The Sonic Pi: Live & Coding Research Report has been written and compiled by Dr Pam Burnard, Principal Researcher, University of Cambridge, Faculty of Education - Sonic Pi: Live & Coding's Research Partner. The report includes key findings, case studies and evidence to demonstrate how Sonic Pi transforms music education.
Assessing music coded using Sonic Pi
As a result of the research we identified that teachers were looking for some guidance on how to assess music coded using Sonic Pi, both compositions and live coded performances. In this section, we identify several approaches to assessment developed by Pam Burnard and Louis Major (Faculty of Education – University of Cambridge). These encourage practitioners (teachers/artists/technologists) and pupils to work together to develop assessment practices that take the form of joint evaluations.
Sonic Pi: the program
Dr Sam Aaron has been working closely with teachers, ICT technicians, project artists and pupils throughout Sonic Pi: Live & Coding to develop the Sonic Pi program in response to user needs and abilities. Sonic Pi has evolved during the project from a compositional tool for digital music making into an instrument that can be played live (Sonic Pi v2.0).
Go to sonic-pi.net to download the latest version of the program for Raspberry Pi or Mac and access examples to get you started.
Lesson Plans and Scheme of Work
As a result of six week trials in two classes across two schools, close consultation with music teachers and Digital Music Education specialist Tim Hallas, Ross Wilson (Instrumental Music Teacher, Cambridgeshire Music) has developed a Scheme of Work (11 x 1 hour lessons) to support the Key Stage 3 Music Curriculum.
A version of these teaching resources to be released on the Raspberry Pi website (by end November 2014)
Click here for notes on set up and use of the Raspberry Pi computer in the classroom.
Click here for an extra lesson plan to teach students what a Raspberry Pi is and how to use it.
If you're a teacher and want to learn more about ways to use Raspberry Pi in school click here to find out about Picademy.
Download Sonic Pi code for a version of Get Lucky by Daft Punk - a good example of how to use Sonic Pi to make an arrangement of an existing song.
Summer School: plan, guide and additional resources
The delivery element of Sonic Pi: Live & Coding culminated in a five day Summer School hosted by Cambridge Junction at the end of July 2014 for 10-14 year olds. This was billed as an 'amazing five day adventure in live coding' and attracted 60 young people from the Cambridge area ranging in ability, prior knowledge and interest.
The key components of the Summer School were:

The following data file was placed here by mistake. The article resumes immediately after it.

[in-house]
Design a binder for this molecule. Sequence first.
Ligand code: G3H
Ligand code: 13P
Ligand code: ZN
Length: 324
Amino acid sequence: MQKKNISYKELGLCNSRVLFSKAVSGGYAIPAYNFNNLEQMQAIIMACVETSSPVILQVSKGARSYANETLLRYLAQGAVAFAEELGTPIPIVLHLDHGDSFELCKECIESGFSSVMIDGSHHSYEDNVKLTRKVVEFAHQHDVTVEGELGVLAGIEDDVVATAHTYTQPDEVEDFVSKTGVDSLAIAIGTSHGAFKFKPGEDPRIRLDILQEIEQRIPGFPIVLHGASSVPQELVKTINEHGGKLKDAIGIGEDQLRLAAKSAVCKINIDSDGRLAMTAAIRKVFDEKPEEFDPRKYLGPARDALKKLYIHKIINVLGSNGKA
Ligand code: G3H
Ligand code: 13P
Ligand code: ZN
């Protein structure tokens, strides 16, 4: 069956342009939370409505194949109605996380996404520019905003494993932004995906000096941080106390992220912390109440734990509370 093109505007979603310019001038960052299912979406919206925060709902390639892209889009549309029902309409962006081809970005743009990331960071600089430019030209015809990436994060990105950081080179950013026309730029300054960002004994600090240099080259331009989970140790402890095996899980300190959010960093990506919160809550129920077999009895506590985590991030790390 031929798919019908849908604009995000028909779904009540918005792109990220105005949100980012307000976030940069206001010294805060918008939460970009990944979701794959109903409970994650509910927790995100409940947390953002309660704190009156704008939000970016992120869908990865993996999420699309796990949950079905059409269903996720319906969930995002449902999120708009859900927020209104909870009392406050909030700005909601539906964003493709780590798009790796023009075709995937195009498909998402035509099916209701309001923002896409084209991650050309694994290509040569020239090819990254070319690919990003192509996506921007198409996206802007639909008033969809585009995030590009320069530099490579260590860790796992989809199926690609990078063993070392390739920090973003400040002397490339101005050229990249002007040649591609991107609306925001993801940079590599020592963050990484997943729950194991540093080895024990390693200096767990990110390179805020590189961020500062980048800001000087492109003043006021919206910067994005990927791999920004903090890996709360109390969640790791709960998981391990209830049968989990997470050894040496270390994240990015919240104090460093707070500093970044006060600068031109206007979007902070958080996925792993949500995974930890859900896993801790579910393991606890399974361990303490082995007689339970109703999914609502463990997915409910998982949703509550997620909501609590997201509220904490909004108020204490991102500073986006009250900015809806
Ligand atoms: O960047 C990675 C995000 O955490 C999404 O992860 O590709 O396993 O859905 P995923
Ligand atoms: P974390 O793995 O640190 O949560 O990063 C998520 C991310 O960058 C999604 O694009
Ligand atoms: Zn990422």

- Getting to grips with Sonic Pi as a tool for composing and performing music
- Discovering what live coding can be via a series of live coding performances from guest live coders
- Getting a taste of live coding performance via a Live Coding Battle
- Building performance skills via a conducted performance of soundscape compositions
- Building music coding and performance skills towards a final group / individual showcase performance
Download Sonic Pi code for a version of Get Lucky by Daft Punk - an example mentioned in the Summer School guide.
Download An Introduction to Sonic Pi - a Powerpoint presentation used in the Summer School.
External link to a Youtube playlist of live coding performances.
How to make your own Sonic Pi Controller
Sonic Pi: Live & Coding Lead Artists, Juneau Projects injected an exciting dimension to the project, especially in terms of exploring ideas for performance with Sonic Pi. Big, bright buttons 'that do stuff to and with the code in Sonic Pi' and interesting looking controllers became a feature of this project. In this part of the Toolkit Juneau Projects share some of their ideas, offer links to other inspiring artist projects and give you the code to get going with making your own run / stop and function controllers.
Arts Award: journal, guidance notes and case study
This section of the website is still under construction.
The plan is to map the Arts Award to our Toolkit so you can see which activities, within lesson plans and the Summer School plan, meet which sections of the Arts Award.
You will also be able to download sections from Juneau Projects' Summer School journal to help you deliver aspects of the Arts Award as well as additional activity worksheets. For now here is the version we used:
We anticipate that 34 young people will gain a Bronze Arts Award qualification as a result of their participation in the Summer School.
Guidance notes to be added to indicate how to gather evidence and build a portfolio by working creatively with Sonic Pi.